The film-makers have sensitively captured some intimate moments between Saba and her husband, Qaiser.
About two years ago, Saba was almost invisible, with no identity documents to prove even her existence. Having studied up to the sixth class, she received more education than most in her family. The parents of a boy, Qaiser, living in the same area where she was growing up, asked for her hand in marriage with him. Qaiser is almost illiterate and works as a labourer, making three hundred rupees a day. He is the sort of person who likes to observe — if a match is going on, he will like to watch silently from a distance. He also looks scared.
“After my family accepted their request, I began to speak with Qaiser on the phone regularly. Our love grew,” Saba says. Then one day her father and uncle told her that she could not be married to Qaiser. “They first said they liked him and then they started saying that he was poor and did not have a good job. I told them that I only wanted to marry him,” she says in an interview with the Herald in Khayali. “My mother also agreed with me.”
On June 3, 2014, Saba disappeared from home and married Qaiser in a secret ceremony. Her mother, Maqsooda, was furious. By marrying Qaiser, Saba hurt her sister Aqsa’s chance to have a respectable married life for herself within our own biradri, says Maqsooda.
Late next day, Saba found herself sitting in a van along with her father, mother, brother, sister, uncle, two friends of her uncle and their wives. According to a First Information Report (FIR) registered on June 5, 2014, she was told that they were going to Sargodha, about 170 kilometres to the southwest of Khayali, “to buy wheat”.
Before the van reached Hafizabad, it suddenly took a turn to the left on a road leading to the village of Kassoki. A kilometre or so later, it took another turn and started moving along a large canal. It was then that the men in the car held Saba by the arm and threw her out of the van. Her uncle and his friends got down and started punching and kicking her.
In the dark of the night, her father took aim at her heart and pressed the trigger of a pistol he was holding. Saba took the bullet on her hand. The next bullet was aimed at her head but went through her left cheek. She fell unconscious with blood splashed all over her body. The men stuffed her into a gunny bag and threw her into the canal. “Saba made a grave mistake. And she paid for it. We are even,” is how her mother would later comment on the incident.
The water that hit against Saba’s unconscious body woke her up and she wiggled herself out of the bag. She walked about two kilometres to reach a petrol station. By the time she reached there, her bare feet were bleeding. A young man spotted her and called the police.
Saba was conscious and not in depression when she reached the hospital, recalls Dr Atif, the surgeon on duty that day at Hafizabad’s district headquarters hospital. “She had a fracture on her right hand and her left cheek was open like a book. I thought about postponing the surgery till the morning because it was already midnight and there was no one to anaesthetise her but then I realised I could manage with local anesthesia,” he says.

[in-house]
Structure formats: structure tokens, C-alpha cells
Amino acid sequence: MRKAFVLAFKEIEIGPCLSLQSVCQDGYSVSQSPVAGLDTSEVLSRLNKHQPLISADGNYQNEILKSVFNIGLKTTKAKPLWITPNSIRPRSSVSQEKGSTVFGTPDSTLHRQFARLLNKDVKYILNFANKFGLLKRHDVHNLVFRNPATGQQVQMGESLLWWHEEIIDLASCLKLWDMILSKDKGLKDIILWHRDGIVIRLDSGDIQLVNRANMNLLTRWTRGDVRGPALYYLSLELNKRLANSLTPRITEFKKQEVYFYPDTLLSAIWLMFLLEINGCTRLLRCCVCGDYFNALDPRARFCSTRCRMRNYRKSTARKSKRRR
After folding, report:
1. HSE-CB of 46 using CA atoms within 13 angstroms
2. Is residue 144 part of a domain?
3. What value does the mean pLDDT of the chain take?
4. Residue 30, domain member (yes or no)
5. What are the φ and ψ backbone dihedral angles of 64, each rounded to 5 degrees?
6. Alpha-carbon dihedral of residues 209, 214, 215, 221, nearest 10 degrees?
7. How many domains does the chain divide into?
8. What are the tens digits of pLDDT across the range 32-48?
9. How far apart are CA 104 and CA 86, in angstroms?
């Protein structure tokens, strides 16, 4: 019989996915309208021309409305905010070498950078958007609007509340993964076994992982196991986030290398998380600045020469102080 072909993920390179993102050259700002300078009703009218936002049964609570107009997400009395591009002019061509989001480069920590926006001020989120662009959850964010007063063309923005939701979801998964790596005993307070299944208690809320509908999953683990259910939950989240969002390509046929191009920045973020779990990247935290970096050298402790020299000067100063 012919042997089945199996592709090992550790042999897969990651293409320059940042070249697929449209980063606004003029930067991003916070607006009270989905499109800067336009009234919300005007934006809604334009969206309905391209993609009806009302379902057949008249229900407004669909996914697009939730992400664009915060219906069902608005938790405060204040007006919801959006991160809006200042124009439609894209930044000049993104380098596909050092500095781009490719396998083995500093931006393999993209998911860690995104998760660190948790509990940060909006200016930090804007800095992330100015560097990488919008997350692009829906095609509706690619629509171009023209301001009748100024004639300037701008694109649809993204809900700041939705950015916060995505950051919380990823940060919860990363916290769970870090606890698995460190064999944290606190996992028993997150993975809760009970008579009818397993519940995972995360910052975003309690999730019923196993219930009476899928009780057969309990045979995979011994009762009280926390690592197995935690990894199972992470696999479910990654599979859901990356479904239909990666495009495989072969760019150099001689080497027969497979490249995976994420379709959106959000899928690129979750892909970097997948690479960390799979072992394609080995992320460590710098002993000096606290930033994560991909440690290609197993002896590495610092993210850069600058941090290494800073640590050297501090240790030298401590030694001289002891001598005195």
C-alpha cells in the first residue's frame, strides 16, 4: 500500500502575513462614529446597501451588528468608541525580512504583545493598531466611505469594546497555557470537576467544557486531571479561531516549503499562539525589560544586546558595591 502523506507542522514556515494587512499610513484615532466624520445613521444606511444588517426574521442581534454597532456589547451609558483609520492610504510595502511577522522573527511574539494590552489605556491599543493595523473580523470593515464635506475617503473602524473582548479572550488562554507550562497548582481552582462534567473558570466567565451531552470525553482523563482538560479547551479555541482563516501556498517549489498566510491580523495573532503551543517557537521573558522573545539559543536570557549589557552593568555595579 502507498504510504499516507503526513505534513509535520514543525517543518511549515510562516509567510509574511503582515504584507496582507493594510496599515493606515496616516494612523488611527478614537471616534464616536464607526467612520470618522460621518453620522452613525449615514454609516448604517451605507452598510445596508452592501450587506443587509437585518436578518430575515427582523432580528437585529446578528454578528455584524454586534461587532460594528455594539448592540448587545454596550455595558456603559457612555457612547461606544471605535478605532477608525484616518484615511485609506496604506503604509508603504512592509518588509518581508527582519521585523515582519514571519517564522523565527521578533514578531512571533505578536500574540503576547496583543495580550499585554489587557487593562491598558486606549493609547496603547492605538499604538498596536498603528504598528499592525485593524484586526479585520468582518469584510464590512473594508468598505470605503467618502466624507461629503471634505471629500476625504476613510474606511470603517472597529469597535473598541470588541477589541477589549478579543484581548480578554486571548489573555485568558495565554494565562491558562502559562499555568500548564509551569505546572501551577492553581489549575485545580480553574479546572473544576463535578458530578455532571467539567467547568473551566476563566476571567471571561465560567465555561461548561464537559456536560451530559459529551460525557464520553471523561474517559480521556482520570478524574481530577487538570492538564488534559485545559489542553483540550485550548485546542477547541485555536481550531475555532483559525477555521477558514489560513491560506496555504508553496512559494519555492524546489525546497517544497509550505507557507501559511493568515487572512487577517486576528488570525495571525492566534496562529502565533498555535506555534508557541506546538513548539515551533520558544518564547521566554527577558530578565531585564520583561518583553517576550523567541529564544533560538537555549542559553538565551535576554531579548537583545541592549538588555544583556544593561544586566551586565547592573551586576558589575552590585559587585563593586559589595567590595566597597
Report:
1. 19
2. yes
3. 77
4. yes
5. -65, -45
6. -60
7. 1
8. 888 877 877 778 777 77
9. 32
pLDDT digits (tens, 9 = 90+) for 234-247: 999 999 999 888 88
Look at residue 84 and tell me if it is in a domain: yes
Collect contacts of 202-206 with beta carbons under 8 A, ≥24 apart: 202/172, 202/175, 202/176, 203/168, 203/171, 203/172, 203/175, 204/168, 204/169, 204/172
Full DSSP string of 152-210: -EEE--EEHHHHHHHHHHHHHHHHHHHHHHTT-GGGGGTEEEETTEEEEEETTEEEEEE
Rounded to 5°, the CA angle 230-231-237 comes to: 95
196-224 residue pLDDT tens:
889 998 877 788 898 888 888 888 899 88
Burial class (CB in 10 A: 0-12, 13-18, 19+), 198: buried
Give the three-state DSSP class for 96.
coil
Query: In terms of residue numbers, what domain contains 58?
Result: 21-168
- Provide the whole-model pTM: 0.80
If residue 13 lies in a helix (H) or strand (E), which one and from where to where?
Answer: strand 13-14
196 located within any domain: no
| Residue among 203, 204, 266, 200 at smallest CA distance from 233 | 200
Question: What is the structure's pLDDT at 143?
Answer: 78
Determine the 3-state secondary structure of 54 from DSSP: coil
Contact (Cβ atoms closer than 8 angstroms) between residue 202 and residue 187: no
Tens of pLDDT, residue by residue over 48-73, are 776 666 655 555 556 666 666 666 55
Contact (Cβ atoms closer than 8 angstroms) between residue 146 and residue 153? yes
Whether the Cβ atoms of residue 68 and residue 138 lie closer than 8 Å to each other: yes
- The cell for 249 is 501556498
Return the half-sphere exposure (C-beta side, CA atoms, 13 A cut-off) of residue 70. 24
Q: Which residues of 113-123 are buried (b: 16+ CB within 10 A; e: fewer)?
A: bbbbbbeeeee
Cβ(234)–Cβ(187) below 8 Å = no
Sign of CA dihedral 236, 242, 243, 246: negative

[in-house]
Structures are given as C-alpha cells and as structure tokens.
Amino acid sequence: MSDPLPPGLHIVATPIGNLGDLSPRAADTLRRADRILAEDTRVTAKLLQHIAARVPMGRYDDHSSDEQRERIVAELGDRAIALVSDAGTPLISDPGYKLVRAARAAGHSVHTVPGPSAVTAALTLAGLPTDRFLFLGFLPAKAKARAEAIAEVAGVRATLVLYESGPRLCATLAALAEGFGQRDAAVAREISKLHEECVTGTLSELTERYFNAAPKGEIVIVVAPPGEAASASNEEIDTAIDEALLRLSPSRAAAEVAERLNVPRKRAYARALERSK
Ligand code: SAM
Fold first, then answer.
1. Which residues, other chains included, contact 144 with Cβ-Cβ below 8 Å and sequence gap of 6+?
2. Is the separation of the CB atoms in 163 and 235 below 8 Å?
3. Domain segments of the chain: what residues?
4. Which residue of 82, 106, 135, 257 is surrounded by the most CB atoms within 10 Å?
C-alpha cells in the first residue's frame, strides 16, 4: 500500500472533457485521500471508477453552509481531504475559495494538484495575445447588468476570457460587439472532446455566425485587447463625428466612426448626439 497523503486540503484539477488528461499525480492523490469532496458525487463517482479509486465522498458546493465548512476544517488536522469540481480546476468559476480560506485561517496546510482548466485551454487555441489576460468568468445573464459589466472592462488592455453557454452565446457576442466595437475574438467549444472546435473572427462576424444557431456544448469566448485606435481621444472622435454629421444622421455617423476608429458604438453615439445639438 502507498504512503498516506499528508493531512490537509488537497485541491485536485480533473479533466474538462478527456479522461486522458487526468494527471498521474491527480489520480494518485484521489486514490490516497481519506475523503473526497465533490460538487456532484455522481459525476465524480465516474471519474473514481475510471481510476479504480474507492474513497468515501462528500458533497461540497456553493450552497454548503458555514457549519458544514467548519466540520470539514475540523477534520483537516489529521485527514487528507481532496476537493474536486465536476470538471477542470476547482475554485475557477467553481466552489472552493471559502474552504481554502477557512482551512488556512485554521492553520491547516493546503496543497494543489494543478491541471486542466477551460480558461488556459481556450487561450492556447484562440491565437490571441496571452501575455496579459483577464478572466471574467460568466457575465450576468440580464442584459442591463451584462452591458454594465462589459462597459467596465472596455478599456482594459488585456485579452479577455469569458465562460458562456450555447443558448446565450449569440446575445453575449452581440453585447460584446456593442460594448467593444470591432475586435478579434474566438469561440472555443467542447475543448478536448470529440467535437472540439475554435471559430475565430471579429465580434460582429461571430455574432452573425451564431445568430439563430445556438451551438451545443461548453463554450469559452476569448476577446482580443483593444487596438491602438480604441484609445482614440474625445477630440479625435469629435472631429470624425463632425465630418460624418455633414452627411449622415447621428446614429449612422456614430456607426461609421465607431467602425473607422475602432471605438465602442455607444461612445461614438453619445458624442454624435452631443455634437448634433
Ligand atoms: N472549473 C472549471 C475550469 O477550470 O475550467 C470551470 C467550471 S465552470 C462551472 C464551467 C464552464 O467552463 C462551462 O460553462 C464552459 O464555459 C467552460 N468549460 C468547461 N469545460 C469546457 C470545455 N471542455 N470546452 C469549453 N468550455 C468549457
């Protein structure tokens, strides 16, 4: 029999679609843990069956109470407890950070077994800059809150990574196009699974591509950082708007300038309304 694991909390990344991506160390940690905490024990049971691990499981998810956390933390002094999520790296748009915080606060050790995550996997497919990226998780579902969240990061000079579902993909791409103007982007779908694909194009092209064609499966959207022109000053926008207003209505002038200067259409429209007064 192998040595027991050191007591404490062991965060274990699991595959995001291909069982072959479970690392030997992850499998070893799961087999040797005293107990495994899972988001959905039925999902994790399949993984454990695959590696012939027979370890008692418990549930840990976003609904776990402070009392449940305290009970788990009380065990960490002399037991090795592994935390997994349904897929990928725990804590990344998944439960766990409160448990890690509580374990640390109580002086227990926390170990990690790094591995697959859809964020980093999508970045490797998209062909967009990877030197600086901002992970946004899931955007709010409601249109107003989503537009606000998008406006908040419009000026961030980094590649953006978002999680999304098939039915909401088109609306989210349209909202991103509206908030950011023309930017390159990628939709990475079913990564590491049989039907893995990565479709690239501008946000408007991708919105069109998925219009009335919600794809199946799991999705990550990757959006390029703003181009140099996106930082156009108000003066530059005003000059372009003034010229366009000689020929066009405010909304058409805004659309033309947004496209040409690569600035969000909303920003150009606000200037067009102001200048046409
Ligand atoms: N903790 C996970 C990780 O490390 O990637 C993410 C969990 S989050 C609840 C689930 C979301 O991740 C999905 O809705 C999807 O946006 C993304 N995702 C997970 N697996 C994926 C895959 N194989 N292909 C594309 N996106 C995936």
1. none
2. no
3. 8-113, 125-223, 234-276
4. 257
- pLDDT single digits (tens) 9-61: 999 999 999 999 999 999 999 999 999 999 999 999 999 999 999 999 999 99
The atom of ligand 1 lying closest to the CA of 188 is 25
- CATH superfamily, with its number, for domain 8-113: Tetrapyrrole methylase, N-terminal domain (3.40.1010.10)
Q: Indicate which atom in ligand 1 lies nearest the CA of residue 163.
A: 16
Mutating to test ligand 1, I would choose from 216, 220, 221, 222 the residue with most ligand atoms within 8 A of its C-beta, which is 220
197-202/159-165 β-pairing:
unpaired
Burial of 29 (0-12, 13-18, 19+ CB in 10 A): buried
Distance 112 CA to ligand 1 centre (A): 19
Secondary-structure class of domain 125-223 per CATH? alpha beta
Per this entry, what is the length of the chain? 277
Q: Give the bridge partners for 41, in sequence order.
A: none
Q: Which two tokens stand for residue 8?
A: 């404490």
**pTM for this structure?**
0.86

A day later, Obaid-Chinoy met Saba briefly at the hospital. The same day Saba’s father and uncle and his friends – Muhammad Tanvir and Muhammad Imran – were arrested for her attempted murder.
[“D]uring the first hearing of her case in Hafizabad, Saba did not agree to a compromise,” says Waqas Sageer, a Hafizabad-based lawyer. “When she came to see me [after the first hearing], she had already agreed that forgiveness was the best way forward but she was still reluctant to forgive her uncle’s friends,” Sageer tells the Herald.
A panchayat was then held with the two sides in attendance at the residence of Sanaullah Gujjar, an influential resident of Khayali. He is also Ahmed’s neighbour. The panchayat convinced Saba that she could not be selective in exonerating her attackers. She agreed.
In a statement recorded before Civil Judge Tariq Bashir during the next hearing of her case, she stated: “I filed a complaint with the police because of a misunderstanding. I forgive them for the sake of Allah’s mercy. I would have no issues if the court releases the suspects.”
Saba’s face hardens as her mother waxes lyrical about how the family came together again as a result of her forgiveness. “The reconciliation happened under duress,” she says out of her mother’s earshot. Her paternal family had threatened to kill Qaiser and herself if Ahmed and Ali were to get sentenced. There was no other way but to reconcile, she says.
As the memories of the fateful summer of 2014 started to fade, Saba became a regular visitor at her parents’ house — unknown to her uncle and grandfather. The women of the family accepted her back into their fold.